The professor of neurology at Boston University Chobanian & Avedisian School of Medicine talked about diagnostic tools and using memory aids for patients with cognitive impairment at the 2023 AAN Annual Meeting. [WATCH TIME: 7 minutes]
WATCH TIME: 7 minutes
"The reason that we think that EEG is the way to go [for diagnosis] is that we're actually measuring brain physiology directly. I think from first principles, we're going to be doing better at being able to diagnose a brain disorder if we're looking directly at how brain cells are functioning.”
Patients with mild cognitive impairment (MCI) are more at risk of developing Alzheimer disease or related dementias. Many current standard cognitive assessments to diagnosis MCI with evaluating brain function are often of subject to bias and healthcare provider interpretation. Therefore, researchers are investigating ways that will enable them to predict which patients will progress to a cognitive disorder and which other ones will remain stable in a more objective way.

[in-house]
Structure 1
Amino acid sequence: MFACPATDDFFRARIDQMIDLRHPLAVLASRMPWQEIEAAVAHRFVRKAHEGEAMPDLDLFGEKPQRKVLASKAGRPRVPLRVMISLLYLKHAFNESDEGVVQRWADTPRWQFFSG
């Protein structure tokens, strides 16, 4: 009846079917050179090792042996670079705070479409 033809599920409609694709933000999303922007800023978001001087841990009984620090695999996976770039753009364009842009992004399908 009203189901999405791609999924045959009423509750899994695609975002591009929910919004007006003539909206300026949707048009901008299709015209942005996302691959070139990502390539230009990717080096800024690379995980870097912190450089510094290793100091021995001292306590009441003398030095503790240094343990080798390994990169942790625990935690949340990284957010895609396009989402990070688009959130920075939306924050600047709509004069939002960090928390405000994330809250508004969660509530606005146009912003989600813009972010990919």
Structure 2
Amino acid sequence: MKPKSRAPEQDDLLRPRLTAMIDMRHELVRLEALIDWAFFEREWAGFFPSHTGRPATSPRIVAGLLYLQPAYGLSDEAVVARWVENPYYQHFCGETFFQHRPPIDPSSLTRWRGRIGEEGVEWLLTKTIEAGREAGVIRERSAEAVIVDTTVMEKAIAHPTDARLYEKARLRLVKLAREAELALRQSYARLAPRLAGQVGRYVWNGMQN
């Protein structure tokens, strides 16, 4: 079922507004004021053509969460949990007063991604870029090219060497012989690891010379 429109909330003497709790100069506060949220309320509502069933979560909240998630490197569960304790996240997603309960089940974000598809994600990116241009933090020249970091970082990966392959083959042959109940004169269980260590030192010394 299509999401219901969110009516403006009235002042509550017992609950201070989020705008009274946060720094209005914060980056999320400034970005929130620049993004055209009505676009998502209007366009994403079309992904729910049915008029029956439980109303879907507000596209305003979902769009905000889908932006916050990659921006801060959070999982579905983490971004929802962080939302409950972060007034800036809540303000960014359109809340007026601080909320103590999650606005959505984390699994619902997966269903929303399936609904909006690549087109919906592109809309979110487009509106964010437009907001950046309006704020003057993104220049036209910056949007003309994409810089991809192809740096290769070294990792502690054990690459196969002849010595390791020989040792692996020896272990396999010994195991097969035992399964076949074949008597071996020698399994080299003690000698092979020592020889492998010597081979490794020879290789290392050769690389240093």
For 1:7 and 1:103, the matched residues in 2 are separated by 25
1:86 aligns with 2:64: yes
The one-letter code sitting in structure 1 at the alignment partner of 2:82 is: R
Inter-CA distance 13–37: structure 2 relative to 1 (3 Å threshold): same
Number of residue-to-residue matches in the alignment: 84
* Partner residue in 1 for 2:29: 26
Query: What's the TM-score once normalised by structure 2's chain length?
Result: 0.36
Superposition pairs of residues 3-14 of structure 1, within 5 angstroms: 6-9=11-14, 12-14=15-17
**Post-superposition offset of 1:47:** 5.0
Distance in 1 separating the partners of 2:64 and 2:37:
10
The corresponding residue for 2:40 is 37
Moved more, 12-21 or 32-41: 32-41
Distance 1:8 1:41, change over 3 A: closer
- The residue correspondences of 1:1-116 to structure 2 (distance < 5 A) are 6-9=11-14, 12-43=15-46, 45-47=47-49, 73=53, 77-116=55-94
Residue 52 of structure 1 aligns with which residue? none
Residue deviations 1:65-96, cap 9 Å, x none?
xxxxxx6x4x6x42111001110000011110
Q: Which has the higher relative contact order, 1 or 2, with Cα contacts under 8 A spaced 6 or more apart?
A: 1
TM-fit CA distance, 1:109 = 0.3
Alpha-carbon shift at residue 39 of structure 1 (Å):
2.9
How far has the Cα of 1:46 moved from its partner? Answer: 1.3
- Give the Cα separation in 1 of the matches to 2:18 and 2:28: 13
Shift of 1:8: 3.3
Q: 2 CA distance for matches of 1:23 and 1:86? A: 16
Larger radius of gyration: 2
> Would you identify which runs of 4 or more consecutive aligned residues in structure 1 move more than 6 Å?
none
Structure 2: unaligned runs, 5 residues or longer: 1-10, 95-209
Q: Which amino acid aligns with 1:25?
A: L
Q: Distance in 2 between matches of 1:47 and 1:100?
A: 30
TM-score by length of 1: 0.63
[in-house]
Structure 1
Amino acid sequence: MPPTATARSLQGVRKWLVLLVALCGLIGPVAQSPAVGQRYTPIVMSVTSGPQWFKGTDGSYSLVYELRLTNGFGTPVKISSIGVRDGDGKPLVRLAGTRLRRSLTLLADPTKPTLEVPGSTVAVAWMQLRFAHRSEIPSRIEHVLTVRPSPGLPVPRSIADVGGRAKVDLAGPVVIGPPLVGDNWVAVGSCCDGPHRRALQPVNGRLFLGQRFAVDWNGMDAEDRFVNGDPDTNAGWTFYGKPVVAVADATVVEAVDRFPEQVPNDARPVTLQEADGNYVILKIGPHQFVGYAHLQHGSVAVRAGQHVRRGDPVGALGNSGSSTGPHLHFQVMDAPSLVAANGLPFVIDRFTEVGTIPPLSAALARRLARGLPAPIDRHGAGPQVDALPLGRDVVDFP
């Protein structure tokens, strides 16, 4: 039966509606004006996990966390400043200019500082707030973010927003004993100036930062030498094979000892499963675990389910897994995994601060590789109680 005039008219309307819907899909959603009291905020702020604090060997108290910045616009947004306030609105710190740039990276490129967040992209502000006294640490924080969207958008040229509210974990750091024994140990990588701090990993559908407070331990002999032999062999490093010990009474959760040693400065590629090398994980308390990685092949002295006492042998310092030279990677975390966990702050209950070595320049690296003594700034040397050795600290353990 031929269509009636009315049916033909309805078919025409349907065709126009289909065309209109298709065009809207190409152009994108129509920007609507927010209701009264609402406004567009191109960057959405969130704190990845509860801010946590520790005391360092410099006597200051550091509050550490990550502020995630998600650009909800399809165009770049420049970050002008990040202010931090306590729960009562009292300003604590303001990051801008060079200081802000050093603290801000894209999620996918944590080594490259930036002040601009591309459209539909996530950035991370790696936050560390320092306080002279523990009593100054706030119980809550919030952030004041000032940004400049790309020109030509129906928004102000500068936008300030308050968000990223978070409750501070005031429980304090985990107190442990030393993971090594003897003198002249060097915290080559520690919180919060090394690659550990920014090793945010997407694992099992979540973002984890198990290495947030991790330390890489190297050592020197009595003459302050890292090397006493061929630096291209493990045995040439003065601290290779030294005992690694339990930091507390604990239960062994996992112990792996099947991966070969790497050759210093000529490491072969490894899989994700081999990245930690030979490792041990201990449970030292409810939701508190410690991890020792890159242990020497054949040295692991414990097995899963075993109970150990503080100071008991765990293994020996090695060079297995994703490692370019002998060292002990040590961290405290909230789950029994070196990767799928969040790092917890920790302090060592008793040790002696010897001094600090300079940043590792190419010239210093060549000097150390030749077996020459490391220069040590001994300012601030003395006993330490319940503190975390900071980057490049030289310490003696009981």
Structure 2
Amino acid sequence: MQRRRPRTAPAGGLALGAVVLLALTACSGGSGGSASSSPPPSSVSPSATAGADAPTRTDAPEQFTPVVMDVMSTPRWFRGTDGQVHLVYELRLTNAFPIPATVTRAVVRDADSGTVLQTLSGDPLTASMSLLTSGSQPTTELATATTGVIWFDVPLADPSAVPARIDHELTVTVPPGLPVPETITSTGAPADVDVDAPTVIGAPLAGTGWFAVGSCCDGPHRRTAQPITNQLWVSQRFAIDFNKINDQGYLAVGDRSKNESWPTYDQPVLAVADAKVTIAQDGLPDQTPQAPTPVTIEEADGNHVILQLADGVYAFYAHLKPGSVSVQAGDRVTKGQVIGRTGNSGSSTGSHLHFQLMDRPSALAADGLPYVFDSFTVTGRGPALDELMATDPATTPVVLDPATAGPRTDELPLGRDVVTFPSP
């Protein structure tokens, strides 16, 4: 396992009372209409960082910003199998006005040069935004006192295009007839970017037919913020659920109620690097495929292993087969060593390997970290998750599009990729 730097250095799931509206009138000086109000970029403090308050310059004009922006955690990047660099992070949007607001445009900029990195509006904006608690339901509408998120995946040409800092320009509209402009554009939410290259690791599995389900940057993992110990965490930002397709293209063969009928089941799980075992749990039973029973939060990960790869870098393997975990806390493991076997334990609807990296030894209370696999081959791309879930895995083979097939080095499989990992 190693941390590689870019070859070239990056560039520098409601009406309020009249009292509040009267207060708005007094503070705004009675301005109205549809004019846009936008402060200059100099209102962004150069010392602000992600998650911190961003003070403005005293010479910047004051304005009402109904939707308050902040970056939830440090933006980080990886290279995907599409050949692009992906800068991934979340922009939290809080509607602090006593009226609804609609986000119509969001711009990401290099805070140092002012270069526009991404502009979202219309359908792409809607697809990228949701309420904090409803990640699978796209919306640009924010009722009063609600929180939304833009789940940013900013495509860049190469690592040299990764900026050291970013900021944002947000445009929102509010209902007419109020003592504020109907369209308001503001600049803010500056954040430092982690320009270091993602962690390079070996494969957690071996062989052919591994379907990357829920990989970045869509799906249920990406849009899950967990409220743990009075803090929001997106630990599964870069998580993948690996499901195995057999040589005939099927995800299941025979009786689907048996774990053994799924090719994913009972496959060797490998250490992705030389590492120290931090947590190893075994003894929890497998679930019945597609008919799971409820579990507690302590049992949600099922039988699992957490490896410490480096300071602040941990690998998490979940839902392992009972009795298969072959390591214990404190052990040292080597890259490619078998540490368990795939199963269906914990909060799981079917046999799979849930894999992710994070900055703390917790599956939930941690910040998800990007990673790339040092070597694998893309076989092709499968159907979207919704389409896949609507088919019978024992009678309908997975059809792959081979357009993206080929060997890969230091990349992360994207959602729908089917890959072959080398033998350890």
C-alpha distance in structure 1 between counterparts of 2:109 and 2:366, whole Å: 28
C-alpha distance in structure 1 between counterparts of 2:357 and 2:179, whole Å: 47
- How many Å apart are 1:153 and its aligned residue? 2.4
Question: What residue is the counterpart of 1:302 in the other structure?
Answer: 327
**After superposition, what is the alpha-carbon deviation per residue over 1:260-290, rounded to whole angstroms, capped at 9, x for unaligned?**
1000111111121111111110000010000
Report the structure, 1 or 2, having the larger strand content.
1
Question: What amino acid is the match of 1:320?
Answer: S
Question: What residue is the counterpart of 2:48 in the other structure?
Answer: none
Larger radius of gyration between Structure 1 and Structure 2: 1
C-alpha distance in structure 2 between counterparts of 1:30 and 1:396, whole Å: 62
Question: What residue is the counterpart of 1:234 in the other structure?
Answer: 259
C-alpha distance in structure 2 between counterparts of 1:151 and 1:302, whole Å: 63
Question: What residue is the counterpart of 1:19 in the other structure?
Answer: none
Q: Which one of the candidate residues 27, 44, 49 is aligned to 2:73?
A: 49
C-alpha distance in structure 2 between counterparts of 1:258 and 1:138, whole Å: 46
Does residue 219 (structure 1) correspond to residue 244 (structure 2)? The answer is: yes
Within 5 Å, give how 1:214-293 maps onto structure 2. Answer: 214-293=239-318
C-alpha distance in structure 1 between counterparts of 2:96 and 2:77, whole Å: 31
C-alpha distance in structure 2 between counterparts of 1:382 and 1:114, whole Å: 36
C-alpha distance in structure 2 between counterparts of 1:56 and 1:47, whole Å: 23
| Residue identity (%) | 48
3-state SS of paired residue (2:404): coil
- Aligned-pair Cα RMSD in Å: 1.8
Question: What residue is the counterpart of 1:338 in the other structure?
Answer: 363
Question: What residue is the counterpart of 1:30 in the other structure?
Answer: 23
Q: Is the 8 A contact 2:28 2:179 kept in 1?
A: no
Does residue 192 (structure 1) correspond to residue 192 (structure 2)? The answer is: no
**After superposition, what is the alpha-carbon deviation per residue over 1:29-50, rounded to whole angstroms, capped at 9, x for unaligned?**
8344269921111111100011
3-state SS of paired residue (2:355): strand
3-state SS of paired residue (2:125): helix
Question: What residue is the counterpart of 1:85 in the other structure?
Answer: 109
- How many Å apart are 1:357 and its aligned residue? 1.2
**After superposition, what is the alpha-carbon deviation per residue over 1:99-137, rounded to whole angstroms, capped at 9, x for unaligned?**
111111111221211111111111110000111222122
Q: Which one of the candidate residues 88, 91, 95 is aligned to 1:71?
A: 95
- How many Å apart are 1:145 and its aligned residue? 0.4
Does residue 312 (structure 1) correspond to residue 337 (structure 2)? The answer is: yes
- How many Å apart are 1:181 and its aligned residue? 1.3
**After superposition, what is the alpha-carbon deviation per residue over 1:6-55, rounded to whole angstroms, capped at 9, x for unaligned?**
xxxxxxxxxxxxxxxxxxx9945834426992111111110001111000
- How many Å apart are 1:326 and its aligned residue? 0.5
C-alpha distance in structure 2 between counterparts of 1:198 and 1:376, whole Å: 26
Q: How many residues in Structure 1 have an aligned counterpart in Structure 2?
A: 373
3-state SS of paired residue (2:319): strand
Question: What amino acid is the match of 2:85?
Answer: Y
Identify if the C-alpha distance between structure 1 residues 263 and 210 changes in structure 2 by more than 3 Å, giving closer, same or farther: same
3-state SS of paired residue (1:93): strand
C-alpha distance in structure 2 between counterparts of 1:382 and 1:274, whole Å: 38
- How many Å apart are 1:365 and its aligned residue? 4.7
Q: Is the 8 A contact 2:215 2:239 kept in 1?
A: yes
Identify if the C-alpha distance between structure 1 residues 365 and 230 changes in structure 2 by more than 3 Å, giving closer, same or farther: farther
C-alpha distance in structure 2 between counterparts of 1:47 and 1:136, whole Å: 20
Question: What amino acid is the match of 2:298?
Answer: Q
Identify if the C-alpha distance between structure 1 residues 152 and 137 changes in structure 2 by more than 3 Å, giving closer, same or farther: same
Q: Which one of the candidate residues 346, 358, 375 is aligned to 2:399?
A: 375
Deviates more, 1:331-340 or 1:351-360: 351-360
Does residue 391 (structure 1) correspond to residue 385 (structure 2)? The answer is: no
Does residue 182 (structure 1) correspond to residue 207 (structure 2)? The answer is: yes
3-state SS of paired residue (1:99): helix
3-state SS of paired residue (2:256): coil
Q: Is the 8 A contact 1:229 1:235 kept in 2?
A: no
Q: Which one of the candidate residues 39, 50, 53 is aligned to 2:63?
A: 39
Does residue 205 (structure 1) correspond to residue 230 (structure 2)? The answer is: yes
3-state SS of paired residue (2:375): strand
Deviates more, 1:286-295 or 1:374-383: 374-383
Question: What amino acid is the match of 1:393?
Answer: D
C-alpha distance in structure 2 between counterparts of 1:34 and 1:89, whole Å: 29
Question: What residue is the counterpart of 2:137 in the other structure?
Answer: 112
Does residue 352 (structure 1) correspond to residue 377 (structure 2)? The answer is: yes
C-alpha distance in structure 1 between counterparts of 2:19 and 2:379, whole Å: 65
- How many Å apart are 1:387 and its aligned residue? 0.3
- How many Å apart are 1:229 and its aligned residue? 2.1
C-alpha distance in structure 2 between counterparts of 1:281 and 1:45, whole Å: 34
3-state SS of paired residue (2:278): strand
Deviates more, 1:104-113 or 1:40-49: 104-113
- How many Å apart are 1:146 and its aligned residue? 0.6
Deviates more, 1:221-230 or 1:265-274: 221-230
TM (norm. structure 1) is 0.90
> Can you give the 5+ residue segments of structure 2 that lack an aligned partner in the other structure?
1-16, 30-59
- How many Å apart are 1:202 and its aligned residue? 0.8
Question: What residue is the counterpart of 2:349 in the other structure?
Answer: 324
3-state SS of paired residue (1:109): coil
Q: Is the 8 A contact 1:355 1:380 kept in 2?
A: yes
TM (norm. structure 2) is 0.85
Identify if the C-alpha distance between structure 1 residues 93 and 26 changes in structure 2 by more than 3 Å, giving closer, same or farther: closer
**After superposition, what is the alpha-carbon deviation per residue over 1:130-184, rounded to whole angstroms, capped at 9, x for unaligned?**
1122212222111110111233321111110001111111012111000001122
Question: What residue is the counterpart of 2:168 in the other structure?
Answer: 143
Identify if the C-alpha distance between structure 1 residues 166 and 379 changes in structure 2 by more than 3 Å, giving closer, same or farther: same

Andrew Budson, MD, professor of neurology at Boston University Chobanian & Avedisian School of Medicine, an attendee at the 2023 American Academy of Neurology (AAN) Annual Meeting, April 22-27, in Boston, Massachusetts, presented cutting-edge research in development for both diagnostic techniques and treatments for MCI. Specifically, with using electroencephalography (EEG), which helps to assess patients and see if they are at risk for cognitive decline.
Budson, sat down with NeurologyLive® in an interview at AAN 2023 to provide an overview of what is known in the clinical practice and research in patients with MCI. He also shared his further insights on the other challenges in brain health and memory, as well as provided examples of how his research is working to improve MCI in patients in regard to the management of their condition.